The city is proposing to transform the Bedford-Union Armory in Crown Heights into a new recreational center, affordable office space and housing. After years of seeing the armory sit vacant and unused, this plan would finally reclaim the site as a crucial resource for the Crown Heights community.
Under the city’s proposal, 50 percent of the mixed-income rental housing in the project would be affordable. In other words, 165 of the building’s 330 apartments would serve low- and middle-income households, including many longtime Crown Heights residents.
Some activists and construction unions want to block the plan, claiming it should offer housing only for the lowest-income New Yorkers and be built using only union labor. They argue that unless these demands are met, the entire plan should be scrapped.
But in this case, mixed-income housing is actually better for Crown Heights than a 100% low-income plan. Here’s why.
First, while there is a great need for low-income housing, the reality is that we need more of both low- and middle-income options in Crown Heights. Believe it or not, there are indeed families of color in our community making $75,000 or $100,000 per year. Families with teachers, police officers or many other professions can be found throughout Crown Heights. The tragedy is that they don’t qualify for low-income housing and in many cases can’t afford the market rate. The armory plan will serve them as well as those making $40,000 per year or less.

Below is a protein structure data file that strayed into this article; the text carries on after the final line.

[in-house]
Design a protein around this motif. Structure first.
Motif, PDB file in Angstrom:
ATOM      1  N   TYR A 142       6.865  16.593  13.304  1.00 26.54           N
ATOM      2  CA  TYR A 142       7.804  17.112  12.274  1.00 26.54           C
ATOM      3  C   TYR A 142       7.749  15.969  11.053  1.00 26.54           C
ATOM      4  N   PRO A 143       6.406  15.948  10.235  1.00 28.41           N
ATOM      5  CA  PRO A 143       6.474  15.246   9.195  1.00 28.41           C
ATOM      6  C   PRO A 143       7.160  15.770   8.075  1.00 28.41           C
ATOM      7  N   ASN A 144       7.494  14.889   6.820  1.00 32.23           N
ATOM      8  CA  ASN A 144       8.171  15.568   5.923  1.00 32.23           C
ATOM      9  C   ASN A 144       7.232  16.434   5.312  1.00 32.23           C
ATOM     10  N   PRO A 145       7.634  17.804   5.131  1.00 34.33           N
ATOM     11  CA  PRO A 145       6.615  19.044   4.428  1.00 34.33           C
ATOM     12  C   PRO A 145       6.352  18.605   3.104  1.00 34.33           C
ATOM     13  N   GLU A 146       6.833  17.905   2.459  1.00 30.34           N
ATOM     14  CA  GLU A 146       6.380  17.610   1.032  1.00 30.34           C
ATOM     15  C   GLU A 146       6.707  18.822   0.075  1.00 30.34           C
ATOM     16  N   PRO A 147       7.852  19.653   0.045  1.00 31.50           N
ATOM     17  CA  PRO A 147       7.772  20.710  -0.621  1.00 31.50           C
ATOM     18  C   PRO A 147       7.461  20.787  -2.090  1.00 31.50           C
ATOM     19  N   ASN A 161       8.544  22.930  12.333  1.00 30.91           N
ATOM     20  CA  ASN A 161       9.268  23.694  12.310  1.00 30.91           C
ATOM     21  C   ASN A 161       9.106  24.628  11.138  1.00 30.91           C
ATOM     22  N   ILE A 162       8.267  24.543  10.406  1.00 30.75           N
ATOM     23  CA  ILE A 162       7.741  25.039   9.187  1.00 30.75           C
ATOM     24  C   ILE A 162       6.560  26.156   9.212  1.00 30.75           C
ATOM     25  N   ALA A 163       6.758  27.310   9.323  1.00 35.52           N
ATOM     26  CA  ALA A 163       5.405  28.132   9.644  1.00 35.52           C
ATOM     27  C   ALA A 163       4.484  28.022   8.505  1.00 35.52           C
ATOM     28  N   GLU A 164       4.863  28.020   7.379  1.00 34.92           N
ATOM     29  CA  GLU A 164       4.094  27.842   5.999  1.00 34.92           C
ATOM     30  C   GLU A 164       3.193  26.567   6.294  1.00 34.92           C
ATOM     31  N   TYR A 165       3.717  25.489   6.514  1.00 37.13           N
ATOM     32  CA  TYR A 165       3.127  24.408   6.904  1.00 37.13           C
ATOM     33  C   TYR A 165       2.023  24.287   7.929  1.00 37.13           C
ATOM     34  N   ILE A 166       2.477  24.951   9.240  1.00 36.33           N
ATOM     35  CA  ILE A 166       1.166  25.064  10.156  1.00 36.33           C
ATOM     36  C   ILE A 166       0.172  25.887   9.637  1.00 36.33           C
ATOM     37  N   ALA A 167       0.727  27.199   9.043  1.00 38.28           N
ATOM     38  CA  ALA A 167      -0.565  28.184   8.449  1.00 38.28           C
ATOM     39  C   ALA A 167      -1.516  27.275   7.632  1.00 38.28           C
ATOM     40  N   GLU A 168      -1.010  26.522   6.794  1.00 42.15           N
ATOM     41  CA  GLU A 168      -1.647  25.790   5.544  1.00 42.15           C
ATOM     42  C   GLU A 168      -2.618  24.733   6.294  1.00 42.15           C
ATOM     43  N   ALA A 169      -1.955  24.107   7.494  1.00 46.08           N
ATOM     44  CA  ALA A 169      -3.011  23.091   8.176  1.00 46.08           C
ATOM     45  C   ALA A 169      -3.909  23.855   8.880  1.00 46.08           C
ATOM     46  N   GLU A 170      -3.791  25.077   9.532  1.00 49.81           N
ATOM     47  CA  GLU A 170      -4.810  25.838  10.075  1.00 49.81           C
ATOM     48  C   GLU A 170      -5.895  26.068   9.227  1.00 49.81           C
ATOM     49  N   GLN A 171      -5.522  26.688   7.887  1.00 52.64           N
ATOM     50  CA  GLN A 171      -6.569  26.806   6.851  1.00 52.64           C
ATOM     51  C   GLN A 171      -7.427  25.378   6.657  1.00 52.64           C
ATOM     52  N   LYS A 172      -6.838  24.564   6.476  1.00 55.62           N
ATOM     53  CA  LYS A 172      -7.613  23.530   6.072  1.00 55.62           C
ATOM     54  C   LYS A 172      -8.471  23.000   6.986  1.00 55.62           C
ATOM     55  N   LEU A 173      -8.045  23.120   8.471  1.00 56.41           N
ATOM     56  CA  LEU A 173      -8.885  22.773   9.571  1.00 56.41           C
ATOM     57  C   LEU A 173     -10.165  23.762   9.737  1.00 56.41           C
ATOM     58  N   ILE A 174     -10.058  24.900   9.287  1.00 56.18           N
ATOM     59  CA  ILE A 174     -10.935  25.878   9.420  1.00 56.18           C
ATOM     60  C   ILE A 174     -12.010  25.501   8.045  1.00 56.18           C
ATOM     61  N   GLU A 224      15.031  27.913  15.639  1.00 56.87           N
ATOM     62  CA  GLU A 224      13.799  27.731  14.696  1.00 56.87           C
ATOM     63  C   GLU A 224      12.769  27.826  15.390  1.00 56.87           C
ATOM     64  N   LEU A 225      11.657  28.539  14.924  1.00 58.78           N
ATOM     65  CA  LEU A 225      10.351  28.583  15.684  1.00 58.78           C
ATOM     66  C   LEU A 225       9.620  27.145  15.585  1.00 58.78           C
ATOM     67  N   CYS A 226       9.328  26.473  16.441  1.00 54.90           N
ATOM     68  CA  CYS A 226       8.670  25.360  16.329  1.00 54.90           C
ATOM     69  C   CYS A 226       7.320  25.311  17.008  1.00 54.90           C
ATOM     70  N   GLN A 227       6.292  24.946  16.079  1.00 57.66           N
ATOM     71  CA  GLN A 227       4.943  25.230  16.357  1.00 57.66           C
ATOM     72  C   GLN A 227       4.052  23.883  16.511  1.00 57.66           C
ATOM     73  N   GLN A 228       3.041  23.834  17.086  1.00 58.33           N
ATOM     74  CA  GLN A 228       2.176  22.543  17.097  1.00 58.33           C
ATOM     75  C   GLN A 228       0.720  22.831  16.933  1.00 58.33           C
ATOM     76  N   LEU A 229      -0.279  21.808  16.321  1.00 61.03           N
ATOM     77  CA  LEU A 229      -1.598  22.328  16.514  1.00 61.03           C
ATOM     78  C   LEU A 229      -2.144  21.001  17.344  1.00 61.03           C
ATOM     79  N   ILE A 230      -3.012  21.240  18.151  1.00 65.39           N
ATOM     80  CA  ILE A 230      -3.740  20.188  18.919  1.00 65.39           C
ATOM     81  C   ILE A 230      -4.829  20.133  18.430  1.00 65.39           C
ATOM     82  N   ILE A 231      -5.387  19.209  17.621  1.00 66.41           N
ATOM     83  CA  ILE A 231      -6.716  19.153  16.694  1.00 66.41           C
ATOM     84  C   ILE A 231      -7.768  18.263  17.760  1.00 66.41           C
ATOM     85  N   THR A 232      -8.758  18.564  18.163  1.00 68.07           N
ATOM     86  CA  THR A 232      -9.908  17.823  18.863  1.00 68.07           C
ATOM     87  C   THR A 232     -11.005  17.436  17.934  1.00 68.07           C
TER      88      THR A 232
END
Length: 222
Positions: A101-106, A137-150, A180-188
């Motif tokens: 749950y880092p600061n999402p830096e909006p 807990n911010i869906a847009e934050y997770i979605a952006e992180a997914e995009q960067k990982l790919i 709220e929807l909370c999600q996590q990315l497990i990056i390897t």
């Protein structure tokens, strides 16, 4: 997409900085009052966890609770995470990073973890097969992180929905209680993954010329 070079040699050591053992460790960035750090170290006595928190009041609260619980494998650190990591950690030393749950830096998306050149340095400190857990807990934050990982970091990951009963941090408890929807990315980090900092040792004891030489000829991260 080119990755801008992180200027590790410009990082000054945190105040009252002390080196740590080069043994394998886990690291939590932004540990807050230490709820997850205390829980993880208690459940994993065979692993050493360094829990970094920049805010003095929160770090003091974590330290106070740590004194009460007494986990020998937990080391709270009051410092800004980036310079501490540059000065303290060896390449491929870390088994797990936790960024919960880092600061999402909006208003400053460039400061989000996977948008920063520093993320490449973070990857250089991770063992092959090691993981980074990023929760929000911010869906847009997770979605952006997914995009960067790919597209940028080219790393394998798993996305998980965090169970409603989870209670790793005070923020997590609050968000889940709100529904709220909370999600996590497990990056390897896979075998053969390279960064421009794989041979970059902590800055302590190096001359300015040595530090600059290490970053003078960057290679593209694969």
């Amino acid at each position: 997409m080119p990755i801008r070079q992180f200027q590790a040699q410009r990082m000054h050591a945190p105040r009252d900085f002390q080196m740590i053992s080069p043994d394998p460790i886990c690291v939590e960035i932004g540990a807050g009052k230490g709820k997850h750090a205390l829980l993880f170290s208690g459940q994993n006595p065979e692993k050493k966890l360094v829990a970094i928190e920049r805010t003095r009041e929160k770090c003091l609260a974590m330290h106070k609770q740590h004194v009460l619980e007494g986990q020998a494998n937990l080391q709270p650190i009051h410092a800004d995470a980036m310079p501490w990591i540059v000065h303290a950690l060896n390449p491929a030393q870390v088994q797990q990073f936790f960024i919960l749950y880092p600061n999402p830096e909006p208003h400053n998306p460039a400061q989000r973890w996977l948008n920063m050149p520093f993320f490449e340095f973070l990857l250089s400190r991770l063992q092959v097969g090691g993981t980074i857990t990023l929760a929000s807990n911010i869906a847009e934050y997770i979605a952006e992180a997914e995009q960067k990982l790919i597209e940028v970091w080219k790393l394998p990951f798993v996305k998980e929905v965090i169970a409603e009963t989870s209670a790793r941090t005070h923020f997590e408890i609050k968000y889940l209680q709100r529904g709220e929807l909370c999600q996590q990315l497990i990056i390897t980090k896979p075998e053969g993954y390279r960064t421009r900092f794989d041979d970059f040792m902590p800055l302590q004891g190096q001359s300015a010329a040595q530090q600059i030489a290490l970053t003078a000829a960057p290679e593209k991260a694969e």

Arguing that low-income housing is the only kind of housing that benefits black and brown New Yorkers is short-sighted and it is simply not true. What should Crown Heights tell its young men and women of color after they gain middle-class jobs and want to stay here or come back to raise families? That they are no longer welcome?
Second, we must understand that mixed-income housing will play a crucial role in keeping the armory’s planned recreational center affordable — and sustainable — for generations to come. The recreational center will include new basketball courts, indoor fields and a swimming pool. It will cost millions of dollars each year to maintain this facility and its free and low-cost programming for community members.
Crown Heights residents — particularly low-income families — have lacked access to quality athletic facilities for far too long. We want the new rec center to be open as many hours as possible and for free and low-cost programming available at all times. But without the revenue generated by market-rate apartments under a mixed-income plan, it will be impossible to sustain the rec center and ensure that it truly serves everyone in our community.
Third, the mixed-income housing plan for the Bedford-Union Armory would put low-income, middle-income and market-rate households together under the same roof, all with access to the same amenities. That is the kind of development Crown Heights should have. This is important because many New Yorkers have opposed so-called “poor door buildings,” where developers create one building for wealthier market rate residents and a separate building for low- or middle-income residents. This kind of opposition is a good thing. When New Yorkers of all backgrounds, ethnicities and income levels live in the same building, we all benefit.
Finally, when it comes to the armory opponents’ argument for union construction, it is widely known that building all-union would be too expensive to provide any low or middle-income apartments. More importantly, building with union labor makes it much harder to provide jobs for members of our Crown Heights community.
It is time to revitalize the Bedford-Union Armory and make it work for all of Crown Heights’ families. The city’s plan would accomplish that.
The Rev. Daryl G. Bloodsaw is pastor of the First Baptist Church of Crown Heights.